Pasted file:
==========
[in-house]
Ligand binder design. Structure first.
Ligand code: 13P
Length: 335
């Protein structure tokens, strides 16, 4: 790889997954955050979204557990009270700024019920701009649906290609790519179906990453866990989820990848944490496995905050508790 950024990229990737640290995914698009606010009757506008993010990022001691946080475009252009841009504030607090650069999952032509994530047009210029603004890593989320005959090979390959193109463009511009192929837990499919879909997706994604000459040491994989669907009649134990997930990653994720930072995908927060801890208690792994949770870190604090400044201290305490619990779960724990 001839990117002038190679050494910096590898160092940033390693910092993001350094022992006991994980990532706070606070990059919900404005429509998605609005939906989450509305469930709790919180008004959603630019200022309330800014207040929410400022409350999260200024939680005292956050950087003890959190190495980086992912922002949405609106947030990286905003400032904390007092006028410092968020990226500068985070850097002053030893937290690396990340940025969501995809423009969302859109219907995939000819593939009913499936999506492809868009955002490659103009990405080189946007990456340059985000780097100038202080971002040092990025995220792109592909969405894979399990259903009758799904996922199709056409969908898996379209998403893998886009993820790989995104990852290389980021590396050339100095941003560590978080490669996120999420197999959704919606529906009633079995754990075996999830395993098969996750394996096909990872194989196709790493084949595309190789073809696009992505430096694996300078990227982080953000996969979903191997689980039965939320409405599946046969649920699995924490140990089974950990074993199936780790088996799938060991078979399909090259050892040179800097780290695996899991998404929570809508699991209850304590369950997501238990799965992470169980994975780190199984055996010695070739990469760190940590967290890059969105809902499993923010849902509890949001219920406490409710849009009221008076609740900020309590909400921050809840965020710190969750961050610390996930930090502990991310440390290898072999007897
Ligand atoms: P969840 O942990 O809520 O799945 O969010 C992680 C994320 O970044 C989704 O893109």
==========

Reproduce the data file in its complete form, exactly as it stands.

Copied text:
[in-house]
Ligand binder design. Structure first.
Ligand code: 13P
Length: 335
């Protein structure tokens, strides 16, 4: 790889997954955050979204557990009270700024019920701009649906290609790519179906990453866990989820990848944490496995905050508790 950024990229990737640290995914698009606010009757506008993010990022001691946080475009252009841009504030607090650069999952032509994530047009210029603004890593989320005959090979390959193109463009511009192929837990499919879909997706994604000459040491994989669907009649134990997930990653994720930072995908927060801890208690792994949770870190604090400044201290305490619990779960724990 001839990117002038190679050494910096590898160092940033390693910092993001350094022992006991994980990532706070606070990059919900404005429509998605609005939906989450509305469930709790919180008004959603630019200022309330800014207040929410400022409350999260200024939680005292956050950087003890959190190495980086992912922002949405609106947030990286905003400032904390007092006028410092968020990226500068985070850097002053030893937290690396990340940025969501995809423009969302859109219907995939000819593939009913499936999506492809868009955002490659103009990405080189946007990456340059985000780097100038202080971002040092990025995220792109592909969405894979399990259903009758799904996922199709056409969908898996379209998403893998886009993820790989995104990852290389980021590396050339100095941003560590978080490669996120999420197999959704919606529906009633079995754990075996999830395993098969996750394996096909990872194989196709790493084949595309190789073809696009992505430096694996300078990227982080953000996969979903191997689980039965939320409405599946046969649920699995924490140990089974950990074993199936780790088996799938060991078979399909090259050892040179800097780290695996899991998404929570809508699991209850304590369950997501238990799965992470169980994975780190199984055996010695070739990469760190940590967290890059969105809902499993923010849902509890949001219920406490409710849009009221008076609740900020309590909400921050809840965020710190969750961050610390996930930090502990991310440390290898072999007897
Ligand atoms: P969840 O942990 O809520 O799945 O969010 C992680 C994320 O970044 C989704 O893109």